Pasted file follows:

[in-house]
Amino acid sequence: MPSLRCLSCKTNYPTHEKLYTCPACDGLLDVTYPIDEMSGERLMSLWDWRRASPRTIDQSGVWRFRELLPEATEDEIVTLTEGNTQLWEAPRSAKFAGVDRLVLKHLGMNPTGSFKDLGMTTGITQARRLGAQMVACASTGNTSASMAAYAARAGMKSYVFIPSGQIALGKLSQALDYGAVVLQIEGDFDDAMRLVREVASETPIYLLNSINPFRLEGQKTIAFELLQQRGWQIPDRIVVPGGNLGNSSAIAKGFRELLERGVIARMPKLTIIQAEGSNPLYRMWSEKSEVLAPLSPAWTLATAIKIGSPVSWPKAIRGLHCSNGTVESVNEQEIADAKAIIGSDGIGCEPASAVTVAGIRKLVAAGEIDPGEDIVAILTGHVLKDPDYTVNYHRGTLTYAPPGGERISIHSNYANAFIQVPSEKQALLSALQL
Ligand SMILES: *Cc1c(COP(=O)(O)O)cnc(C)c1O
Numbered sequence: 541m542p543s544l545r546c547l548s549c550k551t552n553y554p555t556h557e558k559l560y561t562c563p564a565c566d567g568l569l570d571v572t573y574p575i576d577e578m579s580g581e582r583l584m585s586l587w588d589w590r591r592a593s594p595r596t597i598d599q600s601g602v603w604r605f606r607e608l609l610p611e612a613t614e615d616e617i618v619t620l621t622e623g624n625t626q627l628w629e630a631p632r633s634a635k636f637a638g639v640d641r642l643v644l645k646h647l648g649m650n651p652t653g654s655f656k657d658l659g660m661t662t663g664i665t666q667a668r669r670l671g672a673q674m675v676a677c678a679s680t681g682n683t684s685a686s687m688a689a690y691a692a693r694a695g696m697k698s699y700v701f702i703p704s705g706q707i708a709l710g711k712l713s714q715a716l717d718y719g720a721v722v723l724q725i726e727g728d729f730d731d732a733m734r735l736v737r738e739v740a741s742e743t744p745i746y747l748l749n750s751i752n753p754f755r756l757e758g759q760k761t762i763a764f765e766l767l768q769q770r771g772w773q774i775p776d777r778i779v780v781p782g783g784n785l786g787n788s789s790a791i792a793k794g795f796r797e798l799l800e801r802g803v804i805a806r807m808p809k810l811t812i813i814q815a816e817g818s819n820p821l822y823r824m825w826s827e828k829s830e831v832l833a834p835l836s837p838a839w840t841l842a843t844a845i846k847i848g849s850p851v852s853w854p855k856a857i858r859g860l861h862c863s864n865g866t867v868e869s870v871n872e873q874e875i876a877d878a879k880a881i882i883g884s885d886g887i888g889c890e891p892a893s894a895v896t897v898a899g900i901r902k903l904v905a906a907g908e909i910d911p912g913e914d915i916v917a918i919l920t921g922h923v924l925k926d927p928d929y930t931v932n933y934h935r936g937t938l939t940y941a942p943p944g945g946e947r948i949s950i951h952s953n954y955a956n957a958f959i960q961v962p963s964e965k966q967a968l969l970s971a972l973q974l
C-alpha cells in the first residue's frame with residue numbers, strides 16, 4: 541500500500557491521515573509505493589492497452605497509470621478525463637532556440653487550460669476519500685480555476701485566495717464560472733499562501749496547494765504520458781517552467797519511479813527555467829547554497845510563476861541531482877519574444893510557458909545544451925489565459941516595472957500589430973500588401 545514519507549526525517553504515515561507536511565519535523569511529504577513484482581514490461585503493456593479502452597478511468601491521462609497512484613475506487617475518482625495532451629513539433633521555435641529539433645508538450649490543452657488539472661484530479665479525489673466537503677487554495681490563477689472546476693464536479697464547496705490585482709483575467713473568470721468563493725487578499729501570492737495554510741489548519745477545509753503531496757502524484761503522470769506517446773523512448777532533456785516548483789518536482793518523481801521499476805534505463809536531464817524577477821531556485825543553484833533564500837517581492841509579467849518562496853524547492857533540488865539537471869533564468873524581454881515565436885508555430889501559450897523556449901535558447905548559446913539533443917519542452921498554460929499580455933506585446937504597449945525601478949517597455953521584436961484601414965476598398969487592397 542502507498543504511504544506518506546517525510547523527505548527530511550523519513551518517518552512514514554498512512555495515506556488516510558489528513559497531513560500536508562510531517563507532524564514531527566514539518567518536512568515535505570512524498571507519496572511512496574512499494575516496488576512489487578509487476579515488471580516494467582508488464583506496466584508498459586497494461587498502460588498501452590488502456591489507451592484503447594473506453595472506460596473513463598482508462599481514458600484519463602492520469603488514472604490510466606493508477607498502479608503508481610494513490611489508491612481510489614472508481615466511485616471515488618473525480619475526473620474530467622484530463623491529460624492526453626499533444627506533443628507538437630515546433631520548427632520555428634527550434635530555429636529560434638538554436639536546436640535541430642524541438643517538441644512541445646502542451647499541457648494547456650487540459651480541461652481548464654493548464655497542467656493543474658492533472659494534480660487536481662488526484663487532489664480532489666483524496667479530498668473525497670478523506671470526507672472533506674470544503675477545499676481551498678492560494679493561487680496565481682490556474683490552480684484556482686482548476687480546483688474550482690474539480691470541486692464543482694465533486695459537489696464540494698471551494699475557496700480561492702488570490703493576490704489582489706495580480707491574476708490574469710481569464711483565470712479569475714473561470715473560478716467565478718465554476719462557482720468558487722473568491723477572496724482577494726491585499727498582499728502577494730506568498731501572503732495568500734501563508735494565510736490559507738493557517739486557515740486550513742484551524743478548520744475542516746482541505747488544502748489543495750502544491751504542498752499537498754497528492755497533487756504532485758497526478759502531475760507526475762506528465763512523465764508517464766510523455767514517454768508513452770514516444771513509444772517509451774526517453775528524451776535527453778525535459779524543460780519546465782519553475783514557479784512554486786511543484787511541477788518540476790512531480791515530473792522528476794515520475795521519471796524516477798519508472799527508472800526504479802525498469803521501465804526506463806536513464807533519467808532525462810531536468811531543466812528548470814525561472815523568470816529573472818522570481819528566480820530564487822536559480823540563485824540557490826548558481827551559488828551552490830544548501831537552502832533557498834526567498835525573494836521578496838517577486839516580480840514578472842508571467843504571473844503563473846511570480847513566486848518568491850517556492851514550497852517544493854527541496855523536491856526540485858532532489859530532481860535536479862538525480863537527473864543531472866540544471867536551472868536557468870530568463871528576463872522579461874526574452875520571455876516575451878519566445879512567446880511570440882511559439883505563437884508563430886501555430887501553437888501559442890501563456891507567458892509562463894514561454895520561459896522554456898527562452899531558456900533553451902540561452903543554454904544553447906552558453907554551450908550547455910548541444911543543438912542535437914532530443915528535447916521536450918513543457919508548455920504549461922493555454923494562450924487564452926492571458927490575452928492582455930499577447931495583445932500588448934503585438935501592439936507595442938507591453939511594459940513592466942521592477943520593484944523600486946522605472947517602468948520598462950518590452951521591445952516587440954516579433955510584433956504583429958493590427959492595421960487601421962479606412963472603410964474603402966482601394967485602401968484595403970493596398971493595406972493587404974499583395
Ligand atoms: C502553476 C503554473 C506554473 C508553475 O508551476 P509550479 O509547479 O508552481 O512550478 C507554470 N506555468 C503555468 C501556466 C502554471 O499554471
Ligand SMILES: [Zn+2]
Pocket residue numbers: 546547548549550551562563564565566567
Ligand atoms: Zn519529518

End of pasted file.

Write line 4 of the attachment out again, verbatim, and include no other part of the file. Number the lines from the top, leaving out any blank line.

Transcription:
Numbered sequence: 541m542p543s544l545r546c547l548s549c550k551t552n553y554p555t556h557e558k559l560y561t562c563p564a565c566d567g568l569l570d571v572t573y574p575i576d577e578m579s580g581e582r583l584m585s586l587w588d589w590r591r592a593s594p595r596t597i598d599q600s601g602v603w604r605f606r607e608l609l610p611e612a613t614e615d616e617i618v619t620l621t622e623g624n625t626q627l628w629e630a631p632r633s634a635k636f637a638g639v640d641r642l643v644l645k646h647l648g649m650n651p652t653g654s655f656k657d658l659g660m661t662t663g664i665t666q667a668r669r670l671g672a673q674m675v676a677c678a679s680t681g682n683t684s685a686s687m688a689a690y691a692a693r694a695g696m697k698s699y700v701f702i703p704s705g706q707i708a709l710g711k712l713s714q715a716l717d718y719g720a721v722v723l724q725i726e727g728d729f730d731d732a733m734r735l736v737r738e739v740a741s742e743t744p745i746y747l748l749n750s751i752n753p754f755r756l757e758g759q760k761t762i763a764f765e766l767l768q769q770r771g772w773q774i775p776d777r778i779v780v781p782g783g784n785l786g787n788s789s790a791i792a793k794g795f796r797e798l799l800e801r802g803v804i805a806r807m808p809k810l811t812i813i814q815a816e817g818s819n820p821l822y823r824m825w826s827e828k829s830e831v832l833a834p835l836s837p838a839w840t841l842a843t844a845i846k847i848g849s850p851v852s853w854p855k856a857i858r859g860l861h862c863s864n865g866t867v868e869s870v871n872e873q874e875i876a877d878a879k880a881i882i883g884s885d886g887i888g889c890e891p892a893s894a895v896t897v898a899g900i901r902k903l904v905a906a907g908e909i910d911p912g913e914d915i916v917a918i919l920t921g922h923v924l925k926d927p928d929y930t931v932n933y934h935r936g937t938l939t940y941a942p943p944g945g946e947r948i949s950i951h952s953n954y955a956n957a958f959i960q961v962p963s964e965k966q967a968l969l970s971a972l973q974l